SPARTANBURG, S.C. (WSPA) – Concerns have surfaced about how to regulate what is inside vape pens.
On Wednesday, 17-year-old Caleb Kennedy was charged with a felony DUI in the death of a Pacolet man. Arrest warrants revealed that he had marijuana in his system at the time of the crash. Law enforcement said he told them he used a vape pen before getting behind the wheel.
Now, officials are concerned about what is out there.
According to a drug prevention agency, a recent survey showed an alarmingly high amount of middle school and high school kids reported using vapes. Often times, those same kids are receiving the devices from friends with little knowledge on what it actually contains.
Under current South Carolina law, it is illegal for anyone under the age of 18 to possess a tobacco product or alternative nicotine product.
“Of course, everybody has to be at least 18 years old before they vape anything,” said Barry Barnette, Spartanburg County solicitor.
Yet, a recent survey conducted by the Hazel Pittman Center shows a significant amount of minors are using them.
“The majority of ninth through twelfth grade students reported that they vaped within the past 30 days and that number was alarming,” said Melody Reid, director of Prevention Services at the Hazel Pittman Center.
According to county officials, some recent reports have shown vapes have been found laced with substances other than what they are typically known to contain.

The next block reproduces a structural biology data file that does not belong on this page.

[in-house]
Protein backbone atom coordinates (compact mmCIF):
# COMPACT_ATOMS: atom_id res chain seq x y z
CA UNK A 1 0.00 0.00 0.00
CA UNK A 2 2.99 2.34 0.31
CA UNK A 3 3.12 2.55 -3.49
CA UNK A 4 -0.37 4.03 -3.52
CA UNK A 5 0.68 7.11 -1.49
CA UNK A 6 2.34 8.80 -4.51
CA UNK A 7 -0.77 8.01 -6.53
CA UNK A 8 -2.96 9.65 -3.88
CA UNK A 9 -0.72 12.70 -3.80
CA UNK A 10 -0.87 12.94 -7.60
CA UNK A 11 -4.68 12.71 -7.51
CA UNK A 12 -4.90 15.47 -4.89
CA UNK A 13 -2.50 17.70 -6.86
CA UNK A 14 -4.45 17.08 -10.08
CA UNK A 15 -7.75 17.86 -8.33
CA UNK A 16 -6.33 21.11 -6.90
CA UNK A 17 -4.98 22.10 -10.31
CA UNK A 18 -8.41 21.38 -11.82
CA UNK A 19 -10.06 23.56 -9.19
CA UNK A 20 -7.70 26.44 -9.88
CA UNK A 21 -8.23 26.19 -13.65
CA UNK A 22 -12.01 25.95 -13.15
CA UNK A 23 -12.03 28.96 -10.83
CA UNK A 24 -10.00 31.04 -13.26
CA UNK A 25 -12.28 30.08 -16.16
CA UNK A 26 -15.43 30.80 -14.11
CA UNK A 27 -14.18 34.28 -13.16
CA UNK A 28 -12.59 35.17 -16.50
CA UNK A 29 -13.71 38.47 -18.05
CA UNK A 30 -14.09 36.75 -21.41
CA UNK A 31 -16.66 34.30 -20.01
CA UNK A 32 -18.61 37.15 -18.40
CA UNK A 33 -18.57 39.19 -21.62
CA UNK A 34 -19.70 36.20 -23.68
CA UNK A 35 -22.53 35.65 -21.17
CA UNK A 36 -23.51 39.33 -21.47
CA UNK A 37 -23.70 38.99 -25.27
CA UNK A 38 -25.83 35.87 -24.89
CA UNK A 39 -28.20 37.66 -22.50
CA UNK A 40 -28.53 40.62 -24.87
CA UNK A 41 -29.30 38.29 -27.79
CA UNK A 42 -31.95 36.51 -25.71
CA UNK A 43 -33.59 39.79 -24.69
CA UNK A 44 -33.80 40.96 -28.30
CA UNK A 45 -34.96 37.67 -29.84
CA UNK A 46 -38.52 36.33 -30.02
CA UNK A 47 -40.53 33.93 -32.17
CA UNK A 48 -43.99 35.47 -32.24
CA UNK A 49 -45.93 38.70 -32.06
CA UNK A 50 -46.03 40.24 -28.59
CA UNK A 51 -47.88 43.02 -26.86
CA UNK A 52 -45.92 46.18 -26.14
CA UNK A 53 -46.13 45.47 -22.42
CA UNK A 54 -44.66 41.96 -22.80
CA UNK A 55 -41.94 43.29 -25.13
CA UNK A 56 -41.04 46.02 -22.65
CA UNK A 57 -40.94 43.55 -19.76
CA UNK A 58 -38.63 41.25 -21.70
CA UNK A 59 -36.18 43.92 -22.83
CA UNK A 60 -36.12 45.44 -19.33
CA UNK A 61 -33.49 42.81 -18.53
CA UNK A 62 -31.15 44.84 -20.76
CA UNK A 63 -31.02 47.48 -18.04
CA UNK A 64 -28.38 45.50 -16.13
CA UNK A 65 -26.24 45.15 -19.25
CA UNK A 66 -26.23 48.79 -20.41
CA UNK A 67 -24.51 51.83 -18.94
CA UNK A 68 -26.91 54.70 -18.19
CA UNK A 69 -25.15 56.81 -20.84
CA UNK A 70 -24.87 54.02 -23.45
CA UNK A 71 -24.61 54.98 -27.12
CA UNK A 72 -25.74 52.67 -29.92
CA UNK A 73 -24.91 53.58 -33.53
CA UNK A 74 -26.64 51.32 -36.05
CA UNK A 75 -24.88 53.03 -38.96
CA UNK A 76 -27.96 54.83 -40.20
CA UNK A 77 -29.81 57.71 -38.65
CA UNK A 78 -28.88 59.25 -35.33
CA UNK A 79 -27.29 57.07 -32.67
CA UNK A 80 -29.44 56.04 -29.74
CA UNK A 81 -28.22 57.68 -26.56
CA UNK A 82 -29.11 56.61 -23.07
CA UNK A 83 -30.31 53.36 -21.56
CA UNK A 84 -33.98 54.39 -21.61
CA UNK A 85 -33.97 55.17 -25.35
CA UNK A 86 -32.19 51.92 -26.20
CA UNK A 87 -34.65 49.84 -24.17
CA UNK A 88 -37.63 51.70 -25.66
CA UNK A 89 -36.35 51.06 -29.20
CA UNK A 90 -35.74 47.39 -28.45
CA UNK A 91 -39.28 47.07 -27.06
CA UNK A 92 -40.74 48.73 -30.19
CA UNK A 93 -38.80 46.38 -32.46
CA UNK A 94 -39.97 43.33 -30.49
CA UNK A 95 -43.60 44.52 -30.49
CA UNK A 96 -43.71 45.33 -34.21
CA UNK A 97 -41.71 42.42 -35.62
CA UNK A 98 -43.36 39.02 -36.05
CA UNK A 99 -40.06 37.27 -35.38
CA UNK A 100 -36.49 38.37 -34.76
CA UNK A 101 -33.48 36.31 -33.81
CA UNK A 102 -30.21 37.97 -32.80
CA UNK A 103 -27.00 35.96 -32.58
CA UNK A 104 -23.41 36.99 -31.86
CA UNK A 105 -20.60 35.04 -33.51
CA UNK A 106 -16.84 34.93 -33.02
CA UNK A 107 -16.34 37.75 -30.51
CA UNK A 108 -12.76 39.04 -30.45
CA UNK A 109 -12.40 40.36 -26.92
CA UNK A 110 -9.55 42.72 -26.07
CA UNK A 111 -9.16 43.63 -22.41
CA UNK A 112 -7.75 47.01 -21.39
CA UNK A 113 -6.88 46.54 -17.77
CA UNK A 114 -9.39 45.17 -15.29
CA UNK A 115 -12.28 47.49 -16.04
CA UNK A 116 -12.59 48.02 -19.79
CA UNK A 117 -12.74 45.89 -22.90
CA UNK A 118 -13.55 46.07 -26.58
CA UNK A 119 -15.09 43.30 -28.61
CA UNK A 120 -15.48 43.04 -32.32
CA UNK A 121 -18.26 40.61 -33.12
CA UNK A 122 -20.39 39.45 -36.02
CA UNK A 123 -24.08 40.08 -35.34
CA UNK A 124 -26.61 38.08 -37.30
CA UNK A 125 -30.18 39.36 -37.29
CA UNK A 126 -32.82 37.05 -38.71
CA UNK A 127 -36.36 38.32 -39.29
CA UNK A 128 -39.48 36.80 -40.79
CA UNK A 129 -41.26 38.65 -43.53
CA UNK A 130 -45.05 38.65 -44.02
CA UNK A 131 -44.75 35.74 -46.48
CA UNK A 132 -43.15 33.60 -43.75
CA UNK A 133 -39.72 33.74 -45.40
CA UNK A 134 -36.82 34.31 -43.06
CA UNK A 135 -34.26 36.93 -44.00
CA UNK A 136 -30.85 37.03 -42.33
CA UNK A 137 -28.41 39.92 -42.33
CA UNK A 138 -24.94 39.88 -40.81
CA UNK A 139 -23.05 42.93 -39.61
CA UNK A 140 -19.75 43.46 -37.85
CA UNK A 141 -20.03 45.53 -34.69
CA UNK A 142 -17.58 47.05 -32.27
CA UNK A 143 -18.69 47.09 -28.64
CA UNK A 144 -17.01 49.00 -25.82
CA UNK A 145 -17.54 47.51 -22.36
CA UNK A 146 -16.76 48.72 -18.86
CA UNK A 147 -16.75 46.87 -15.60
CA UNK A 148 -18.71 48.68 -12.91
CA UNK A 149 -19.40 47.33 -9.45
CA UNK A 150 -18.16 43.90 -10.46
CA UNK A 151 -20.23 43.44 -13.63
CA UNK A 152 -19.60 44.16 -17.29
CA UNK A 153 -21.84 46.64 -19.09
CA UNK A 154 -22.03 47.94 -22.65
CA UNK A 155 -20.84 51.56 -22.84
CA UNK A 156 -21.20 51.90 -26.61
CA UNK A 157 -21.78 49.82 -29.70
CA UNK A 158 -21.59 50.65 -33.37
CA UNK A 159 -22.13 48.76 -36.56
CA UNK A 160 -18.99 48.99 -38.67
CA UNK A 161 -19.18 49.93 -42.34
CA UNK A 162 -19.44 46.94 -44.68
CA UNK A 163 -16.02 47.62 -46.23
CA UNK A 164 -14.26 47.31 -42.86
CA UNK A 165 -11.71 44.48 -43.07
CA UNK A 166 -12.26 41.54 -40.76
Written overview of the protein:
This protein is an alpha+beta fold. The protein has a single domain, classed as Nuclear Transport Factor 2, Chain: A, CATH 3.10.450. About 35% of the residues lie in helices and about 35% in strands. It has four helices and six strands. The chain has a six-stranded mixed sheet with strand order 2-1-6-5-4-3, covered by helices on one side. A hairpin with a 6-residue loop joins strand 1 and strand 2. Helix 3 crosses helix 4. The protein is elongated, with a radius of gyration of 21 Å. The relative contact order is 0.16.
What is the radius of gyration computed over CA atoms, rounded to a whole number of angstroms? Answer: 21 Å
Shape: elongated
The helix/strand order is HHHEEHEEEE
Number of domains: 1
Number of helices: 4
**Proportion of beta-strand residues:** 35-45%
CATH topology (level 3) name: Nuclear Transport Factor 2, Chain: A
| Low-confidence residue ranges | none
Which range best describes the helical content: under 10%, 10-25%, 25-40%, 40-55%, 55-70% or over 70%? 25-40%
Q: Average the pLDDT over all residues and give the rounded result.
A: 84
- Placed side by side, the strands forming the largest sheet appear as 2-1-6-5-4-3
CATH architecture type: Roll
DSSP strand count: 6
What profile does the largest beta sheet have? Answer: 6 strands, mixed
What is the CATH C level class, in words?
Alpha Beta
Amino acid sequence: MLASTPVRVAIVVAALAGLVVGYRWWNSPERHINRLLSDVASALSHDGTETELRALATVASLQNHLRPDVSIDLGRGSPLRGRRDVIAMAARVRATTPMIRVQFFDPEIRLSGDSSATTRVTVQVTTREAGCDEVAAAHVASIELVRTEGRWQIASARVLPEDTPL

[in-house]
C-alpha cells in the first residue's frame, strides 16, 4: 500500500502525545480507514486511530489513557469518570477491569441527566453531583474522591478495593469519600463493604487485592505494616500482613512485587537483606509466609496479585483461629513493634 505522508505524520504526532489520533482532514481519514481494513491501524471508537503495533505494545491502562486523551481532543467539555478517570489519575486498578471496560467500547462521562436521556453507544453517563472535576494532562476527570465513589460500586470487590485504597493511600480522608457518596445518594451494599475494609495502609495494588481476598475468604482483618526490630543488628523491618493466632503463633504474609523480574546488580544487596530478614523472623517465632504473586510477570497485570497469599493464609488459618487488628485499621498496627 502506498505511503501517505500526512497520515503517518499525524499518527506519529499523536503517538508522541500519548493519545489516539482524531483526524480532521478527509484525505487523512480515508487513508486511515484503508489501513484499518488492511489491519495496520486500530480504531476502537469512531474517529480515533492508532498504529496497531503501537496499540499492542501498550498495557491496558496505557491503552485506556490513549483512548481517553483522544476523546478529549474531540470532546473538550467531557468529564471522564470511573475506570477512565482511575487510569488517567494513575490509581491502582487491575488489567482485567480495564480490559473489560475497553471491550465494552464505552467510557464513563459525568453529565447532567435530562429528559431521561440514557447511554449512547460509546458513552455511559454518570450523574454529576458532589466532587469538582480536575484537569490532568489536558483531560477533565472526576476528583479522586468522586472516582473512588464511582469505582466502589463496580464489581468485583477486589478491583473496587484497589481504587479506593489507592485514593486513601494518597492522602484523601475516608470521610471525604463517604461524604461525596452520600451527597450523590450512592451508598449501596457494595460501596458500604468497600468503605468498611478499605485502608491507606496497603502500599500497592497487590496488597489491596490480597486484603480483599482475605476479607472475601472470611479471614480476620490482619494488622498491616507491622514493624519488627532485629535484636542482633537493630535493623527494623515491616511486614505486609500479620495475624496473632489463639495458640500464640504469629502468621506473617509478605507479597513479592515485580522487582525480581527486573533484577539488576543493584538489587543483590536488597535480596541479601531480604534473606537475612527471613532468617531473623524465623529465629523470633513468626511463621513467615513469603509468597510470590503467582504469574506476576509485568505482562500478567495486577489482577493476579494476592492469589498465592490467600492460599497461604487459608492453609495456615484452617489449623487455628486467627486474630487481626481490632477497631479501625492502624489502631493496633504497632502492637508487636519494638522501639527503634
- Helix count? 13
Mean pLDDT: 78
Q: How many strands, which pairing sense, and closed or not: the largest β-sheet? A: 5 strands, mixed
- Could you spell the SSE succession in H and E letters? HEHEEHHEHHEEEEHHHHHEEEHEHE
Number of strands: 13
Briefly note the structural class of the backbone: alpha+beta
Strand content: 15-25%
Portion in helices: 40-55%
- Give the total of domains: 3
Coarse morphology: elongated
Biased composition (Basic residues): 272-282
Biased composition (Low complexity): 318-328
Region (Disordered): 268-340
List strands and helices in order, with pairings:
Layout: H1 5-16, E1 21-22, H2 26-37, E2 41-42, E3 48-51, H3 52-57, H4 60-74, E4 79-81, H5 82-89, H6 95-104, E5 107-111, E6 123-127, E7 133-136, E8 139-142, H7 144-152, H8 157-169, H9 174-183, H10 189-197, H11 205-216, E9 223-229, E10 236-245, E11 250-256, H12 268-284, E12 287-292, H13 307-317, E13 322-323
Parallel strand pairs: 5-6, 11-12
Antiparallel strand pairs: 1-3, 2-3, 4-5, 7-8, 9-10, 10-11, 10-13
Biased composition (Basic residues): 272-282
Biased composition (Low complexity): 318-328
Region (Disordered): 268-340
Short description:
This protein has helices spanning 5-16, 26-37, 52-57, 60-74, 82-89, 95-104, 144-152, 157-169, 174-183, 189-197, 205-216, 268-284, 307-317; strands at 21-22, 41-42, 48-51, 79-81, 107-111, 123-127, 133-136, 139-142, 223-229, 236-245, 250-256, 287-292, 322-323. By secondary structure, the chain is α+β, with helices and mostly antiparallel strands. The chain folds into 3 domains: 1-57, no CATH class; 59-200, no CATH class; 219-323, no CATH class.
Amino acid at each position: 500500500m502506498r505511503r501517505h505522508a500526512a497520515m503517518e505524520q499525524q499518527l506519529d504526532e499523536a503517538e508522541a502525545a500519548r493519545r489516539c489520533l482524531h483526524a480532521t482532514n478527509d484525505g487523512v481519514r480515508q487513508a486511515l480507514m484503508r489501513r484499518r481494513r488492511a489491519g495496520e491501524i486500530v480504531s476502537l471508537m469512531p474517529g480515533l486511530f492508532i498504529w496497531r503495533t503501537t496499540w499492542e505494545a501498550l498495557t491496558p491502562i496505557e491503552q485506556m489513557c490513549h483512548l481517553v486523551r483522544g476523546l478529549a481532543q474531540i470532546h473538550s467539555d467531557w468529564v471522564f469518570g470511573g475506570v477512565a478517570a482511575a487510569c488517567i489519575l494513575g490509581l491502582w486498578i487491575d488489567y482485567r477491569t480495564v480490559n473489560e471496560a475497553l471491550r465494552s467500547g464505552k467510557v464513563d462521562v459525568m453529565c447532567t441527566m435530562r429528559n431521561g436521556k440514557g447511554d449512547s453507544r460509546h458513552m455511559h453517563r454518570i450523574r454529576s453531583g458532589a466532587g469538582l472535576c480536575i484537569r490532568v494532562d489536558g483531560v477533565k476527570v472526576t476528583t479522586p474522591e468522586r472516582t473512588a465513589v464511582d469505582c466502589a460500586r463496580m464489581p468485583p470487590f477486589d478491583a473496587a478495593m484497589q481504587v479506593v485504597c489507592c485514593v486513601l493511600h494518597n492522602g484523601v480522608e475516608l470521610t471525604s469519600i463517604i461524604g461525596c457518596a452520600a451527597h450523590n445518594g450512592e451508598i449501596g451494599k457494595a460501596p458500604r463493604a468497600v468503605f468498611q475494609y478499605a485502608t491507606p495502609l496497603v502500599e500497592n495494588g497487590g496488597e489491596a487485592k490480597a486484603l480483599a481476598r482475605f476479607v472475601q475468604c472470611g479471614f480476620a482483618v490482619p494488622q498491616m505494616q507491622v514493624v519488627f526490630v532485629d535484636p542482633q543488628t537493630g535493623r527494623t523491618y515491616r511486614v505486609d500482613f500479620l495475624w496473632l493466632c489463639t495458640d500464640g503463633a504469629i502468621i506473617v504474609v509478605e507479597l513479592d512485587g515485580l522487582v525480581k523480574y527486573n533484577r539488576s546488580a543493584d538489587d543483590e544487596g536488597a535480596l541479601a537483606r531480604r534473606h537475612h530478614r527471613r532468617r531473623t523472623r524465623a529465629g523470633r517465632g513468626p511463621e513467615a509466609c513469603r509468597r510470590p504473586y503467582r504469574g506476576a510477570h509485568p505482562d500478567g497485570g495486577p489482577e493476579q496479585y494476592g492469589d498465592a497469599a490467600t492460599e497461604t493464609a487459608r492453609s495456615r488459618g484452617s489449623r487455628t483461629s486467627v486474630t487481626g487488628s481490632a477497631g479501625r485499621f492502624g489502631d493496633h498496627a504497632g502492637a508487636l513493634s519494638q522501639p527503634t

“They are lacing them with different substances,” said Barnette. “There’s all kind of marijuana, Delta-8, Delta-9, Delta-10 and other ones that we don’t even know about. They are also lacing them with other drugs like Xanax, even up to fentanyl.”
7NEWS spoke with several law enforcement agencies in the Upstate Thursday who said, often times, it’s challenging to regulate the vapes, especially if the people using them are of age.
“The problem with the vape pen is that it’s not regulated by any agency as far as we know,” said Barnette.
Which is raising concerns regarding what each device contains.
“Those viles could contain anything in them and when they are giving those, we call it E-juices, depending on what’s in there, you never know how potent it is,” said Reid.
“The scary thing is the effects we are seeing on them, and the deaths being caused by them,” Barnette said.
The Hazel Pittman Center said due to the newness of the devices, there is little known knowledge on the long-term effects.
“These devices are still very new and so many of them have long-term health consequences of their use that is still not known,” said Reid.
The drug prevention center is recommending parents to have conversations with their kids. They advise you to make sure your family is aware of what is out there and understand the outcomes that can arise from just one use of the devices.
For more information, you can contact the Substance Abuse and Mental Health Services Administration (SAMHSA).